Understanding pedestrian behaviour at railway level crossings : is there a need for more research?

Freeman, James E., Rakotonirainy, Andry, Stefanova, Teodora, & McMaster, Mitchell (2013) Understanding pedestrian behaviour at railway level crossings : is there a need for more research? Road and Transport Research Journal, 22(3), pp. 29-39.

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Collisions between trains and pedestrians are the most likely to result in severe injuries and fatalities when compared to other types of rail crossing accidents. Currently, there is a growing emphasis towards developing effective interventions designed to reduce the prevalence of train–pedestrian collisions. This paper reviews what is currently known regarding the personal and environmental factors that contribute to train–pedestrian collisions, particularly among high-risk groups.


Studies that reported on the prevalence and characteristics of pedestrian accidents at railway crossings up until June 2012 were searched in electronic databases.


Males, school children and older pedestrians (and those with disabilities) are disproportionately represented in fatality databases. However, a main theme to emerge is that little is known about the origins of train–pedestrian collisions (especially compared to train–vehicle collisions). In particular, whether collisions result from engaging in deliberate violations versus making decisional errors. This subsequently limits the corresponding development of effective and targeted interventions for high-risk groups as well as crossing locations. Finally, it remains unclear what combination of surveillance and deterrence-based and education-focused campaigns are required to produce lasting reductions in train–pedestrian fatality rates. This paper provides direction for future research into the personal and environmental origins of collisions as well as the development of interventions that aim to attract pedestrians’ attention and ensure crossing rules are respected.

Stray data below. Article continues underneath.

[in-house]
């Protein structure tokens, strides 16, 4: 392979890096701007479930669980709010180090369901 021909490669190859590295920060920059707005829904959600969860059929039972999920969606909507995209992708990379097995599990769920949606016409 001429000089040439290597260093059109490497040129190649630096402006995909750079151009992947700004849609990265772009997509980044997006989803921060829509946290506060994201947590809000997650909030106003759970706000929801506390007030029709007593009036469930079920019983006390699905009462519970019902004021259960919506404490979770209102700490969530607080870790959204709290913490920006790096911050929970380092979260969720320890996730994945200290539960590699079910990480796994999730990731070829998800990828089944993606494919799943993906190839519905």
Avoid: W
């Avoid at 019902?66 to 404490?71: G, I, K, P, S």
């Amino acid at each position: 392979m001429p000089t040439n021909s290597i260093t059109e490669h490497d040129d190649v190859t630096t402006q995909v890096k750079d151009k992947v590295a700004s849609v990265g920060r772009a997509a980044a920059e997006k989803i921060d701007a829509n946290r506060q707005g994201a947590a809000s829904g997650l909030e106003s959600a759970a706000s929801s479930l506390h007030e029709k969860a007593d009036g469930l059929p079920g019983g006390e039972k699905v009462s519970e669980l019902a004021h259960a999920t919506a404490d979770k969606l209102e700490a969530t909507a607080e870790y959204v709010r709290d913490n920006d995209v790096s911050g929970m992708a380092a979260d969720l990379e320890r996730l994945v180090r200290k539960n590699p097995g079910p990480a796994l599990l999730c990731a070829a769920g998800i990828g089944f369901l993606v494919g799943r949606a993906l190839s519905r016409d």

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ID Code: 63688
Item Type: Journal Article
Refereed: Yes
Keywords: railway crossing, pedestrian, high-risk
ISSN: 1037-5783
Subjects: Australian and New Zealand Standard Research Classification > PSYCHOLOGY AND COGNITIVE SCIENCES (170000) > PSYCHOLOGY (170100)
Divisions: Current > Research Centres > Centre for Accident Research & Road Safety - Qld (CARRS-Q)
Current > QUT Faculties and Divisions > Faculty of Health
Current > Institutes > Institute of Health and Biomedical Innovation
Current > Schools > School of Psychology & Counselling
Current > Schools > School of Public Health & Social Work
Copyright Owner: Copyright 2013 ARRB Group Ltd
Deposited On: 05 Nov 2013 01:03
Last Modified: 06 Nov 2013 10:00

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